[floatleft]http://www.snackbar-games.com/images/reviews/wariowaretwisted/cover.jpg[/floatleft]Minigames and microgames are all the rage these days, and a good indicator of this fact is that Nintendo churns out [i]WarioWare[/i] titles like they are pop stars. [i]WarioWare: Twisted[/i] is the newest in the franchise and graces the GBA with a new gyro sensor that is sure to provide a unique gameplay experience.
I hate to refer to myself as a fanboy, but as a general rule, I like most of the Nintendo first-party games. It is my belief that Nintendo makes some of the best games out there. With that being said, I didn’t enjoy [i]WWT[/i] one bit. Let me tell you a little more about the game before I divulge my reasons for not enjoying it.
[i]WWT[/i] has four main options on the menu: Spindex is where you can replay microgames you have already played, Story is the story mode where most of your time will be spent, Souvenirs is where your gifts are stored after completing a level in Story mode, and Options allows you to adjust rumble settings and re-watch the ending movies of levels you have already completed.
[floatright]http://www.snackbar-games.com/images/reviews/wariowaretwisted/ss03_thumb.jpg[/floatright]Story mode lets you select the level for one of the characters. You get to watch a silly little movie that transitions into the actual gameplay. If you aren’t familiar with the concept of microgames, then you will want to pay close attention as they may sneak up on you. In this particular game, you are given four lives and you have to complete all the microgames without losing all of your lives. Each microgame starts by giving you a vague single word description of what you are supposed to do. You are then thrust into the game with between three and five seconds to accomplish the task at hand. The early levels only make use of the gyro sensor so you will do a lot twisting and shaking your GBA. Later, you will make use of the A button and eventually a combination of the two. In each level, the microgames get harder and faster, and you eventually must complete a boss stage that can last up to 15 or 20 seconds. As you would naturally expect, the Story mode levels get more tough as you go along.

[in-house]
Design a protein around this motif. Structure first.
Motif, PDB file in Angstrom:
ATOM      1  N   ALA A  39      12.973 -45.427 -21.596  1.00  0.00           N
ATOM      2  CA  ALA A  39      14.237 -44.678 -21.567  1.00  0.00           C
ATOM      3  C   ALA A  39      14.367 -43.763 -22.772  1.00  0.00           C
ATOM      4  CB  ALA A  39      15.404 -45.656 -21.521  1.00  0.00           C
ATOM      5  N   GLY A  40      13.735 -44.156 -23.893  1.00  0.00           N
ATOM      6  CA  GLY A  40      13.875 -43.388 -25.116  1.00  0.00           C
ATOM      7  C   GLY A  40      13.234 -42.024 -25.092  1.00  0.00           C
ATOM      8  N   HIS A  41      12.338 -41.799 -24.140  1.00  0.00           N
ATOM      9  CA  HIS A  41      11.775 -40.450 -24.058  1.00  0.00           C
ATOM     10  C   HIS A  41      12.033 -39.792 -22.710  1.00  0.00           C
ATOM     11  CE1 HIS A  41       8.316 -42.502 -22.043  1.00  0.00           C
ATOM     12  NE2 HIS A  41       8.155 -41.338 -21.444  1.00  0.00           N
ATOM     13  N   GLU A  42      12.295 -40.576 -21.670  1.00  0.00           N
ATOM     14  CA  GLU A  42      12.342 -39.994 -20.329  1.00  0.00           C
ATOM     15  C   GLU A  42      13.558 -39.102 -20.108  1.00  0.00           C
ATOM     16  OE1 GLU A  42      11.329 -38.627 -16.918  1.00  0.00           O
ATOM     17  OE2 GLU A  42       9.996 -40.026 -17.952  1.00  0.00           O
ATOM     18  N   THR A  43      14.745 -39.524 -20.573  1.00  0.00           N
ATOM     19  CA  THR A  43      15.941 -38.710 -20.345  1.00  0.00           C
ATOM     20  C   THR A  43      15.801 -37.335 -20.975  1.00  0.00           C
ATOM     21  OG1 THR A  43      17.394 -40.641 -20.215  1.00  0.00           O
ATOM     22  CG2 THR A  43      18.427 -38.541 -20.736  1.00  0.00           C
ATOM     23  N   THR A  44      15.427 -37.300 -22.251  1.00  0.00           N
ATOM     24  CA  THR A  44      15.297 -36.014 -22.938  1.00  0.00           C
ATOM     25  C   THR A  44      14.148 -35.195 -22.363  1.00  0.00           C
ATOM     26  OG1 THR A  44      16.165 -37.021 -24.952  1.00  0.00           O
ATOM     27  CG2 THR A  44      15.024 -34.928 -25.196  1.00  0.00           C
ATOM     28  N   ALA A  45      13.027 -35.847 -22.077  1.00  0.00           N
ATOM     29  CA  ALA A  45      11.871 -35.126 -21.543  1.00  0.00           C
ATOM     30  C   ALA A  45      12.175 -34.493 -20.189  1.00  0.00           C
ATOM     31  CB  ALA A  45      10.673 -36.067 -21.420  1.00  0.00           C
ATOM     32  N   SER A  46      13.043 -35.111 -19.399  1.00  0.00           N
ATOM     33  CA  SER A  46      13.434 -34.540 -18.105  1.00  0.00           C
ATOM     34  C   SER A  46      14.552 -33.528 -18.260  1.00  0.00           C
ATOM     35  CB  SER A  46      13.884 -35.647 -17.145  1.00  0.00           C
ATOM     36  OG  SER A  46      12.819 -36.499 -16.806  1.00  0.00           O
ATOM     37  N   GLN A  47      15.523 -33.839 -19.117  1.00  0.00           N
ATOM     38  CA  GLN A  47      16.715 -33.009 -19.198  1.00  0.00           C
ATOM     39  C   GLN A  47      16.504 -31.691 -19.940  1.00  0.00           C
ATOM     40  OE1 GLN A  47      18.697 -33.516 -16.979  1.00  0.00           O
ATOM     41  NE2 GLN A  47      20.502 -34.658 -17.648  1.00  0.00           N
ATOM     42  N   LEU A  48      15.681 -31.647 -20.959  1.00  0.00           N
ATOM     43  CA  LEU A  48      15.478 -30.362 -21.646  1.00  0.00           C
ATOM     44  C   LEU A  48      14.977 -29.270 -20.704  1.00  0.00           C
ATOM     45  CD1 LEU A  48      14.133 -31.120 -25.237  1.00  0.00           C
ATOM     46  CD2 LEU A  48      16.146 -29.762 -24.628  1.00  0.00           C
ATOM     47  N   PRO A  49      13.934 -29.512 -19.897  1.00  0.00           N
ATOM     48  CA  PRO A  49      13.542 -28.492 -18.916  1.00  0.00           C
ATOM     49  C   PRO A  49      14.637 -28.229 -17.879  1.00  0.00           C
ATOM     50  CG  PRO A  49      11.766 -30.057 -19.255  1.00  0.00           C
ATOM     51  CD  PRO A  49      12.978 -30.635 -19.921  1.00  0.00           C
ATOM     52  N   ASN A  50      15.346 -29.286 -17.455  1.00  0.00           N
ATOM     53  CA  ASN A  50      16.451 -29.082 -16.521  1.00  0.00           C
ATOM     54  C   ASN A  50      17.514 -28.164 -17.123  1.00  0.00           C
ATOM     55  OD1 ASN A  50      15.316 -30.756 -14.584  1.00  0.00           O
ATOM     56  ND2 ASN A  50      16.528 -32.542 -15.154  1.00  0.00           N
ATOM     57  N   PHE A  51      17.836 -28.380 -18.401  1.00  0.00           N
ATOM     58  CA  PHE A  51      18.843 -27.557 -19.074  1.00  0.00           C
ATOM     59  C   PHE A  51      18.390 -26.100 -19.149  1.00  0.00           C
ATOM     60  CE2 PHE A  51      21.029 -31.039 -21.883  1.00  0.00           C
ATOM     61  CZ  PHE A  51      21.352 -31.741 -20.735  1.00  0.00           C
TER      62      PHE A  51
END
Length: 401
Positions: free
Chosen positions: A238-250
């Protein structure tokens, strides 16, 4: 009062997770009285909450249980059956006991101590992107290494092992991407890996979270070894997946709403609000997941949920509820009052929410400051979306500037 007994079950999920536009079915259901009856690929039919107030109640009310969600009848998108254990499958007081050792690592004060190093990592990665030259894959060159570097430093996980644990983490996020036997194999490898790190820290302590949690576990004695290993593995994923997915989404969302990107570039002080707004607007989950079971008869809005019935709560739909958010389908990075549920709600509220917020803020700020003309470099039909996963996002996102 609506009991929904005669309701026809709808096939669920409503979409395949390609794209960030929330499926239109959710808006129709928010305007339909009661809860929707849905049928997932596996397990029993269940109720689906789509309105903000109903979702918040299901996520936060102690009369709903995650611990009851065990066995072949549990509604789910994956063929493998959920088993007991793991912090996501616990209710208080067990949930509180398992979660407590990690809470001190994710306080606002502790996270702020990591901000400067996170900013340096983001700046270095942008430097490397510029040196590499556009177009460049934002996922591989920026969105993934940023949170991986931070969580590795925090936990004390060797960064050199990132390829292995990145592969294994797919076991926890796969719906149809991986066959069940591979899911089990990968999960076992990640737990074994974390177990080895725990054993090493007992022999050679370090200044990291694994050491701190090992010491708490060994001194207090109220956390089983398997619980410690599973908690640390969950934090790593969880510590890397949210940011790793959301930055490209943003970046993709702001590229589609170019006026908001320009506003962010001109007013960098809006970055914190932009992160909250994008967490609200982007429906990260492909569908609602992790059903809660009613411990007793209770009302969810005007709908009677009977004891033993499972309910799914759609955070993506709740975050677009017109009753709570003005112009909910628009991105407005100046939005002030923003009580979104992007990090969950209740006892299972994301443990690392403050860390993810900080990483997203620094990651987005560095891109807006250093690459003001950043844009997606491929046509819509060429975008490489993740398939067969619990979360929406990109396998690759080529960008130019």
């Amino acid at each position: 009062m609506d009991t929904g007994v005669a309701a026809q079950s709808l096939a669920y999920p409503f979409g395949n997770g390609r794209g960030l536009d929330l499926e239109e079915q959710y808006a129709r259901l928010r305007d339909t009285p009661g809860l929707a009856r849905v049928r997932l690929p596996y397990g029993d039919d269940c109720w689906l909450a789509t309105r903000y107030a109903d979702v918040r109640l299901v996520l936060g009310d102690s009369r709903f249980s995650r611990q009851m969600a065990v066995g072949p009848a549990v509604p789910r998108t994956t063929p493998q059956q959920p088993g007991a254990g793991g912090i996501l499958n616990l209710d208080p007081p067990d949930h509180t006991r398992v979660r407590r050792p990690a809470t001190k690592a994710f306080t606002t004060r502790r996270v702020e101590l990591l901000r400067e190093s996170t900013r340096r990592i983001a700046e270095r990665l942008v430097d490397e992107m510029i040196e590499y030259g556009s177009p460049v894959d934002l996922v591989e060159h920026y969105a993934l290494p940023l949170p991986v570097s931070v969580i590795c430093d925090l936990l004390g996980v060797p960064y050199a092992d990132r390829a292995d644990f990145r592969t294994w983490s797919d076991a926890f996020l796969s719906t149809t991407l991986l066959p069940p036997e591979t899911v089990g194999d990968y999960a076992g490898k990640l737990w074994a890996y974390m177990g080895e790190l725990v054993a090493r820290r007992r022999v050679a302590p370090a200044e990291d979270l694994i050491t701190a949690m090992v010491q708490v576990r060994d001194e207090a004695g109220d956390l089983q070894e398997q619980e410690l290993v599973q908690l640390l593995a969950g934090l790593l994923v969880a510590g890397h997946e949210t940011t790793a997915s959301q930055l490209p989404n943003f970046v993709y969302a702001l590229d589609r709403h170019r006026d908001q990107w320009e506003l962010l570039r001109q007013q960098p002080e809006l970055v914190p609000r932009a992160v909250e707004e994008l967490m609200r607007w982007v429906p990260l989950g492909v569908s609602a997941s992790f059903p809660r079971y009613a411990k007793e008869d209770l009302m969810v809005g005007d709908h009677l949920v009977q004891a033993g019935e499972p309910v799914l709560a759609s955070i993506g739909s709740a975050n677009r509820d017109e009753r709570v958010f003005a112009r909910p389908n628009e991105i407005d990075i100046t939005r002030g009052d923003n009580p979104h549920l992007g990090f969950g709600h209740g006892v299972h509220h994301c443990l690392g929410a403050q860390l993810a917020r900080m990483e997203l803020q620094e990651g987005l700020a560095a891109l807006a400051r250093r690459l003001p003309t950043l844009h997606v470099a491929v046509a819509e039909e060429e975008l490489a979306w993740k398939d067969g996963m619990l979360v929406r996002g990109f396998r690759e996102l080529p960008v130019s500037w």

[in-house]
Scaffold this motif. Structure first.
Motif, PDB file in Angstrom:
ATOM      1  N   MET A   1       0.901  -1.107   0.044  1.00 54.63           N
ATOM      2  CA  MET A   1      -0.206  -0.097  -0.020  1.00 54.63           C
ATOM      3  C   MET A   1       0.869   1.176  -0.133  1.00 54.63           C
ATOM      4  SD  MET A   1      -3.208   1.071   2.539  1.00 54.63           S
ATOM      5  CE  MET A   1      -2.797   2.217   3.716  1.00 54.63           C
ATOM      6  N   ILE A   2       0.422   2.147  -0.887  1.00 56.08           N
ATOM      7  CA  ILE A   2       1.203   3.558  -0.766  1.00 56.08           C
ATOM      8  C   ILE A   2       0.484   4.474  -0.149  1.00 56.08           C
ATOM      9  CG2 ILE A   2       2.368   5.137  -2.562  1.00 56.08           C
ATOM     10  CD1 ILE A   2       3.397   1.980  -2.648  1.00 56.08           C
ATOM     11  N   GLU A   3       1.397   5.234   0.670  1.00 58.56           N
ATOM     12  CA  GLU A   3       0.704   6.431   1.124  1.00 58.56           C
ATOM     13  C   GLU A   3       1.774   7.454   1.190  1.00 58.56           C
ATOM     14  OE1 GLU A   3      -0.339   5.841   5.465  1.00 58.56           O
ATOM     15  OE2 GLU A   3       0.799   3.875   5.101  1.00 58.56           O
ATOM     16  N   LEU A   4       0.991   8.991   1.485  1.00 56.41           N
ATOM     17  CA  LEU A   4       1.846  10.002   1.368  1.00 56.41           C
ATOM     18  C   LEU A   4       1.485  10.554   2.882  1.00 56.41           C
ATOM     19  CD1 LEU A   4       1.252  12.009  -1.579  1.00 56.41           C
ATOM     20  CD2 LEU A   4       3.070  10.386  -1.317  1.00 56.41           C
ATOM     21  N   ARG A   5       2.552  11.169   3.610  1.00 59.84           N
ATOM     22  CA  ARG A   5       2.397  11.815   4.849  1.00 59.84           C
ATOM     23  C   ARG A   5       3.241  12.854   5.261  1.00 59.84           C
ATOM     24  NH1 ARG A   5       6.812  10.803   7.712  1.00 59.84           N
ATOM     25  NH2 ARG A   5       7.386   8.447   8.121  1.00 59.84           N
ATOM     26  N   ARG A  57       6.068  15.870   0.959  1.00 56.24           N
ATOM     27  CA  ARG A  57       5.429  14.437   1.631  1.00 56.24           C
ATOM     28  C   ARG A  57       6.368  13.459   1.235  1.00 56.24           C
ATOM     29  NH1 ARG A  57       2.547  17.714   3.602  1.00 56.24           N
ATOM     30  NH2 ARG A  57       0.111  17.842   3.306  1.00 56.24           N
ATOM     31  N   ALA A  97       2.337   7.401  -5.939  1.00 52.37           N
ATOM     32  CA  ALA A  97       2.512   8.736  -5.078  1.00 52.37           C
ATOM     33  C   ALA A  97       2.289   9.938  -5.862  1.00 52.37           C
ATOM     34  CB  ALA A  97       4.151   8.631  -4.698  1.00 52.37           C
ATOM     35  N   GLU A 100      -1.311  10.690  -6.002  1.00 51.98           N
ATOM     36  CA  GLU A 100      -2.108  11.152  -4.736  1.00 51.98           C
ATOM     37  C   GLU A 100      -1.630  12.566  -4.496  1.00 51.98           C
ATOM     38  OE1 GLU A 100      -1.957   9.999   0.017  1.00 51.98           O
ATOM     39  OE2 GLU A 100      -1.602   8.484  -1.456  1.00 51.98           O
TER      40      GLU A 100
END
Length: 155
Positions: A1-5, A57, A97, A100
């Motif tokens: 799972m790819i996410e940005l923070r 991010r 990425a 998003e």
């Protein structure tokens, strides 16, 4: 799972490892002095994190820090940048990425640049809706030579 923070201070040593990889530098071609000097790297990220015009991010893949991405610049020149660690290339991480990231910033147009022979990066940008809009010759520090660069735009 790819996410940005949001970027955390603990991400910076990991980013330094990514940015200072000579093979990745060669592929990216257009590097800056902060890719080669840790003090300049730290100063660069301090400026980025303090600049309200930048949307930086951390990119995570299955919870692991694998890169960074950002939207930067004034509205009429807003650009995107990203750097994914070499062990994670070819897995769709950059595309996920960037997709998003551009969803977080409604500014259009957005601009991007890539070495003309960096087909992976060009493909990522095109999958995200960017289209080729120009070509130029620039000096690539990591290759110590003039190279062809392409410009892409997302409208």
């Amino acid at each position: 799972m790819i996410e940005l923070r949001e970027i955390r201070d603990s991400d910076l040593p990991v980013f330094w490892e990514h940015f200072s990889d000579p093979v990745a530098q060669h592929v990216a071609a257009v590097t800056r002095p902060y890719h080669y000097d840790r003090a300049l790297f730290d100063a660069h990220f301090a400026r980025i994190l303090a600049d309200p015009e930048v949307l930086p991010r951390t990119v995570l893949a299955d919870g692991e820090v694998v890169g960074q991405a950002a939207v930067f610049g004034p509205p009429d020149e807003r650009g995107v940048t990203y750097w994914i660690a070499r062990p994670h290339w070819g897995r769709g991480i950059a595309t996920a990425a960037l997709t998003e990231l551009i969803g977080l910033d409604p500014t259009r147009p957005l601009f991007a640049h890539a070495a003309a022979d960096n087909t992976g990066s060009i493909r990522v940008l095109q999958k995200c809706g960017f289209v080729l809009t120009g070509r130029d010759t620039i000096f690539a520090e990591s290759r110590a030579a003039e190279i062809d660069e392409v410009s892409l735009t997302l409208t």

The graphics are standard-fare 2D GBA stuff, and the controls are quite responsive, assuming you calibrated the gyro sensor properly when you started the game. After completing each microgame, make sure you return the GBA to a normal position as it will re-calibrate the gyro between microgames.
[floatleft]http://www.snackbar-games.com/images/reviews/wariowaretwisted/ss07_thumb.jpg[/floatleft][i]WWT[/i] sounds like a decent, fast-paced game, doesn’t it? For some people it might be enjoyable, but I just couldn’t get into it. I didn’t like how short the games were. At one point, I think I blinked and missed the whole game. I also felt like the levels were so wacky and completely random that I wasn’t actually playing a Nintendo or [i]WarioWare[/i] game but actually something similar to [i]Feel the Magic[/i] on my DS. Nintendo has a certain style and feel, and this didn’t fit the mold and made me ask myself from time to time why I was actually playing this because I wasn’t having fun.
Now I hate to trash Nintendo products because they have been so good to us in the past, but my first loyalty is to you guys, and I honestly can’t recommend anyone to run out and buy this. I know there are fans of the microgames that will probably think I have a screw loose, but that is the beauty of opinions. So there it isA